The original SKA design called for a single array, to be built in a suitable location. The area needed to be radio-quiet, meaning that it had to be relatively unpopulated, and the search for a home eventually came down to a decision between the Karoo in South Africa, and a remote region in Western Australia. Both countries made strong cases for being the host country, so the decision was eventually made to divide the array by function, with the low-frequency parts being built in Australia, and the remainder being built in Southern Africa. Dividing the telescope like this adds to the logistical and infrastructure challenges of its construction, but adds the advantage of allowing it to observe the same target for almost 24 hours at a time – as the Earth rotates and a target sets below the horizon in Australia, it becomes visible in Africa, and the telescope can continue observing.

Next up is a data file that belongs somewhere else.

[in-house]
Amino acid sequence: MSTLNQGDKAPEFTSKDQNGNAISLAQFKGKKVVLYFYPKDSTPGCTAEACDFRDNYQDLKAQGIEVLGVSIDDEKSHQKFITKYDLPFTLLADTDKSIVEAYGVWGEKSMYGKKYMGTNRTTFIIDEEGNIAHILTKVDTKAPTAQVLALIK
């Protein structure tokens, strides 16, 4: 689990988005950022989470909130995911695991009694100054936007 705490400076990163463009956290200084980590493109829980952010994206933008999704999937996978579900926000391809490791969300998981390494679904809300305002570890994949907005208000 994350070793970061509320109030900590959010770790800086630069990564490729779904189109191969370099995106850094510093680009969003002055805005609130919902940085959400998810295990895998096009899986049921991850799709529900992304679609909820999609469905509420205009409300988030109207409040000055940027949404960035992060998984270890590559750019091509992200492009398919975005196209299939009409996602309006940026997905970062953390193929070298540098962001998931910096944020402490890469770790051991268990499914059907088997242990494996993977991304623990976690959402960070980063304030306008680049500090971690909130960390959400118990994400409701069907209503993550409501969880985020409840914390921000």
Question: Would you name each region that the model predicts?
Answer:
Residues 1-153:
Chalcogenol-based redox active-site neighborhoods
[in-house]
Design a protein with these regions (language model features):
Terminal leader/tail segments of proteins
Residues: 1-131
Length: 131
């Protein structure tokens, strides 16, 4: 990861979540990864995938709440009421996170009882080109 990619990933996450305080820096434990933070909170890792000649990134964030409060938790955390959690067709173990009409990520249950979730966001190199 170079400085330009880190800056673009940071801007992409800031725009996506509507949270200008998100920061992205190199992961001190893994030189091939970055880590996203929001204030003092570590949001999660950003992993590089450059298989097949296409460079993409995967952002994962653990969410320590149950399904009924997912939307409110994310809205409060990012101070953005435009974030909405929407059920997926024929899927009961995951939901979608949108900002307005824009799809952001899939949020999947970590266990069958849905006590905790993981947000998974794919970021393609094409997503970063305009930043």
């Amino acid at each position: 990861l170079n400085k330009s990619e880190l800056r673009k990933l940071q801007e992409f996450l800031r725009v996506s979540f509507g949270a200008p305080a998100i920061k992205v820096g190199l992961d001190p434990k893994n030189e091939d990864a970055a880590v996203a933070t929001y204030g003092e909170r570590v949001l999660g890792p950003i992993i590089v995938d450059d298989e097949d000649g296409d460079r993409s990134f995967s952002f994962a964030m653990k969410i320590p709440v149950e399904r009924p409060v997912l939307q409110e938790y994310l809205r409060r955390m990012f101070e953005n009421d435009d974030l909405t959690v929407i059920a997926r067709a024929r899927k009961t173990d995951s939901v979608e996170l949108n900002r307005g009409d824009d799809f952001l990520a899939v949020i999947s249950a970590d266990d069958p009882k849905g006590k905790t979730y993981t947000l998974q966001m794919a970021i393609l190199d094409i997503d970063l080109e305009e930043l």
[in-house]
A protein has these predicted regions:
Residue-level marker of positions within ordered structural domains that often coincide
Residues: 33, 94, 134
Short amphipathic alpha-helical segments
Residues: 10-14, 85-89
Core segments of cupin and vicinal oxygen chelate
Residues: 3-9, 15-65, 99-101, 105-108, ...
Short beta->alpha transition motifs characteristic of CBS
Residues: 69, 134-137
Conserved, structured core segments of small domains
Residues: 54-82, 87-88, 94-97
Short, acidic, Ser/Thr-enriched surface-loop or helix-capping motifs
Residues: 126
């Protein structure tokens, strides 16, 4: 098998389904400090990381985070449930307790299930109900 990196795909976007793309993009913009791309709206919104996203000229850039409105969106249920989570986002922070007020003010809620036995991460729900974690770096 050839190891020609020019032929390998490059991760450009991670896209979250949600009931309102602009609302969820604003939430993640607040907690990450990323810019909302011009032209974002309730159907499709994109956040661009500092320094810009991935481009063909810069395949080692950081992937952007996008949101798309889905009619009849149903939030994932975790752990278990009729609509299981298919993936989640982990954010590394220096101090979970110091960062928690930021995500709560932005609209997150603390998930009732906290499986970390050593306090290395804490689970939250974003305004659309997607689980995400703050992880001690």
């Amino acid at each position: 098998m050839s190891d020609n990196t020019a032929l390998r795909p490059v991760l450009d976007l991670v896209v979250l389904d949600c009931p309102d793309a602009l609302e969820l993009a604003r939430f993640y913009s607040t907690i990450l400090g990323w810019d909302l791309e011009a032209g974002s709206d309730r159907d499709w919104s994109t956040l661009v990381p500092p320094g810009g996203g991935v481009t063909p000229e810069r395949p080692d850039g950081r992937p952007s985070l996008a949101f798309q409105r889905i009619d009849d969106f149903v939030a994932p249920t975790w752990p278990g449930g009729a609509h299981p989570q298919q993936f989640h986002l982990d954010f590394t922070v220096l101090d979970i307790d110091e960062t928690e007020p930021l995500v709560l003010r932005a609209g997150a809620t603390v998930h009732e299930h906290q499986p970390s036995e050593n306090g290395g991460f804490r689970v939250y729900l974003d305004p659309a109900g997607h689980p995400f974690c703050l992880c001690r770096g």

The Australian site is in Murchison, near the western coast of Australia and several hundred kilometres north of Perth. The African site is centred near Carnarvon in the Northern Cape province of South Africa, extending into Botswana, Ghana, Kenya, Madagascar, Mauritius, Mozambique, Namibia and Zambia.
The central portion of the SKA’s African site will be built 90km from Carnarvon, a small Karoo town supporting local sheep farmers. Carnarvon, and other towns in the region, have already benefited from infrastructure improvements needed to build the SKA, such as improved roads, more reliable electricity, and access to very high-speed broadband Internet.